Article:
Dixie State University’s International Student Program is a club on campus that is involved in Diversity Week and International Dixie pageants. The top three regions international students come from to attend school are Nigeria, China, and Japan. Photo by Jessica Johnson.
At Dixie State University, international students come for new experiences and to share about their culture.
Shadman Bashir, the director of international student services, said international students help bring diversity to DSU.
“[the international students office] are currently working on expanding our relationships with other countries so more international students can come to DSU,” Bashir said. “The more students that come to DSU, the more money that comes into the local economy, and then more tourists will come.”
Amber Denning, international student life coordinator, said the majority of international students come from Africa, China and Japan.
Denning said, “for this fall semester we received 34 new students, coming from 13 different countries. We currently have 37 countries represented on campus.
“The DSU’s international office is working on creating relationships in other parts of the world. [We want] to be able to have more international students. By creating this relationship, more international students are sure to come to DSU because they know us.”
Denning said a new support system is also in the works for current and incoming international students. DSU is partnering with local families willing to host international students to better adjust them to Utah’s culture.
She said 30-40 international students come per semester, and about 60-80 students per year.
“We are expecting the numbers to grow even more in the next few years and look forward to having a bigger international student population on campus” Denning said.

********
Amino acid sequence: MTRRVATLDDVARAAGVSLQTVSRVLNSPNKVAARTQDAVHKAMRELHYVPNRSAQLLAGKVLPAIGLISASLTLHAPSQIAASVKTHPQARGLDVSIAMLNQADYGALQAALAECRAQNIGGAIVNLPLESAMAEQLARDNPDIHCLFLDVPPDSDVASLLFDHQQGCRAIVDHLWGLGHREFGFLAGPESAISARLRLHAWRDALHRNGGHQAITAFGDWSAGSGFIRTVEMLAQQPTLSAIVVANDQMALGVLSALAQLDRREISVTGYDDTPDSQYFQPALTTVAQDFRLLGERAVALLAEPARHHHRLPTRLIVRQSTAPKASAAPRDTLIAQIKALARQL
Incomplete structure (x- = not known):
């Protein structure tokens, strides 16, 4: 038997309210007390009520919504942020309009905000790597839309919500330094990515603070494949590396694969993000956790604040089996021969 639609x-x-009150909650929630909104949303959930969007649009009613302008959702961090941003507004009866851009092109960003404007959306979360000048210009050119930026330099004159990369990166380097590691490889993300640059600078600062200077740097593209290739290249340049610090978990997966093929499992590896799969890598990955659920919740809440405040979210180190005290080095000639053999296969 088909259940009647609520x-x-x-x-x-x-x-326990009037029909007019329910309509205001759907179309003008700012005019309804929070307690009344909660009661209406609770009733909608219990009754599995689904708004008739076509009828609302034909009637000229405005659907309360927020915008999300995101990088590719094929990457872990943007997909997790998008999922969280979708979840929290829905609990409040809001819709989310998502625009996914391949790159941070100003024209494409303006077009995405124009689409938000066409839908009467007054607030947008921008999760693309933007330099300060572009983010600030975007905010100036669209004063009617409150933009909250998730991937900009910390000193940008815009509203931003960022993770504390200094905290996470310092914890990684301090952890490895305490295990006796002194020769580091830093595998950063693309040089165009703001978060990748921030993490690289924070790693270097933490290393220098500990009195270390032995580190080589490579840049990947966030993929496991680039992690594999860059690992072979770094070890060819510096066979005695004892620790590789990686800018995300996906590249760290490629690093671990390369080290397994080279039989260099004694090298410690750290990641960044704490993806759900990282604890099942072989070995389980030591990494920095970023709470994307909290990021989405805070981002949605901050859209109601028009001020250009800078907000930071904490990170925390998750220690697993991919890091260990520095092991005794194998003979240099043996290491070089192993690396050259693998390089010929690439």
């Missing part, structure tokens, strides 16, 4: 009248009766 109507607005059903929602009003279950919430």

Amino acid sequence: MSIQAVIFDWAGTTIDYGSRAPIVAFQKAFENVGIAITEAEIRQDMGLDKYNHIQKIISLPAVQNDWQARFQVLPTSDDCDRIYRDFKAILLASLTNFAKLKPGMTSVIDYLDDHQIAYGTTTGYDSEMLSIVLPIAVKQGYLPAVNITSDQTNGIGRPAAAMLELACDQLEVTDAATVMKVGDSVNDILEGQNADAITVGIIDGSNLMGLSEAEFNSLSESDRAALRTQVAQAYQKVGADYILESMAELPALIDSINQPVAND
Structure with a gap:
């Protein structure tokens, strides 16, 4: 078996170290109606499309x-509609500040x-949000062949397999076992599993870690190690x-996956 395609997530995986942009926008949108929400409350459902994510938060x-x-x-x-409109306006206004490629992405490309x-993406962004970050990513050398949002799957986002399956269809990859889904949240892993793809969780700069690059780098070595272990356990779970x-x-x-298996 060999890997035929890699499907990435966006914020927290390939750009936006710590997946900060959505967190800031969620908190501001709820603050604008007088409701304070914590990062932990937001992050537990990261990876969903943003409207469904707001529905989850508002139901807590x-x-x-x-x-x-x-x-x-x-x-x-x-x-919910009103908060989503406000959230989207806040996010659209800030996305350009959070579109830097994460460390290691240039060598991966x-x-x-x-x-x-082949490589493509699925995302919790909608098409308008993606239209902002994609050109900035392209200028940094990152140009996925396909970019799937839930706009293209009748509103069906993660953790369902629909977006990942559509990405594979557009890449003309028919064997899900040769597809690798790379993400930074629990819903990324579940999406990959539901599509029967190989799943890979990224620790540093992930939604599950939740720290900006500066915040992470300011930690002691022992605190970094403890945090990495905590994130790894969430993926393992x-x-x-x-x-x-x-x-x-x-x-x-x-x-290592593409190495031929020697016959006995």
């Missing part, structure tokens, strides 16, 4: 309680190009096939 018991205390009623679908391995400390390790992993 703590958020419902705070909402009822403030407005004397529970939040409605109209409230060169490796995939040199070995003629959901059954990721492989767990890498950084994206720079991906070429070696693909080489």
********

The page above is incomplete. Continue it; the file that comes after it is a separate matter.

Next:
Students wanting to apply must be able to fill out the paper work and provide proof of payment before they are considered for the program, Bashir said.
“Without the proof [of payment] we can’t let the students come to DSU,” Denning said. “We want them to be able to focus on their education, rather than financial troubles.”
Min Than, a junior finance major from Vietnam, came to DSU because a relative recommended to her the school. She came to Utah to see if she would like it here and chose to stay.
“In Utah there are many places to hang out by yourself or with your friends. You can go biking, hiking, fishing, and etc.,” Than said. She said that she did not have often places to hang out in her hometown.
Food was different for her as well.
“The food here, in my opinion, is really sweet for me,” Than said. “There are a lot of options for Mexican food which are fine by me because I love it.”
Than said it took her two months to adjust to her new situation and the hot weather.
Things she misses the most are food from home, her family and friends.
Than said the culture in southern Utah is more of a melting pot with people from different countries and different backgrounds.
“I get a chance to learn more things from [the people here],” Than said.
Selena Donaldson, a sophomore psychology major from Calgary, Canada, came to DSU after attending boarding school in Utah for high school. She said she wanted to try something new.
Donaldson said she likes the landscape of Utah.
“I like the land, the hiking,” Donaldson said, “and the warm winters because it is freezing [where I lived].”
She said it took a little while to adjust to St. George.
“Adjusting to St. George was not so hard because it is similar to where I am from,” she said. “The driving is different.”
She said she hates the food here because it’s less healthy, and it’s harder for her to find vegetarian options.
Donaldson said she misses walking and seeing people walking everywhere.
“In St. George, you wouldn’t see people walking,” she said.
She also said she misses her family and friends, and snow.
Donaldson said she like DSU because it’s small and gives her the feeling of community.
Sheena Luy, a sophomore biology major from the Philippines, returned to St. George after spending two years at Hurricane High School.
“DSU is a smaller campus, so it’s easier to contact your professors,” Luy said. “That’s why I like it.”
Luy said she believes having students from other countries helps broaden perspectives of both local and international students.
“If the campus is diverse, it attracts more students,” Luy said.
Denning said DSU has attracted students from all over the world, not just from Asia.
One such student is Chelsea Ponce, a senior media studies major from Ecuador.
Ponce said: “People know that I’m not from the USA because of my accent. After hearing my accent, people want to know about where I’m from and the culture there.”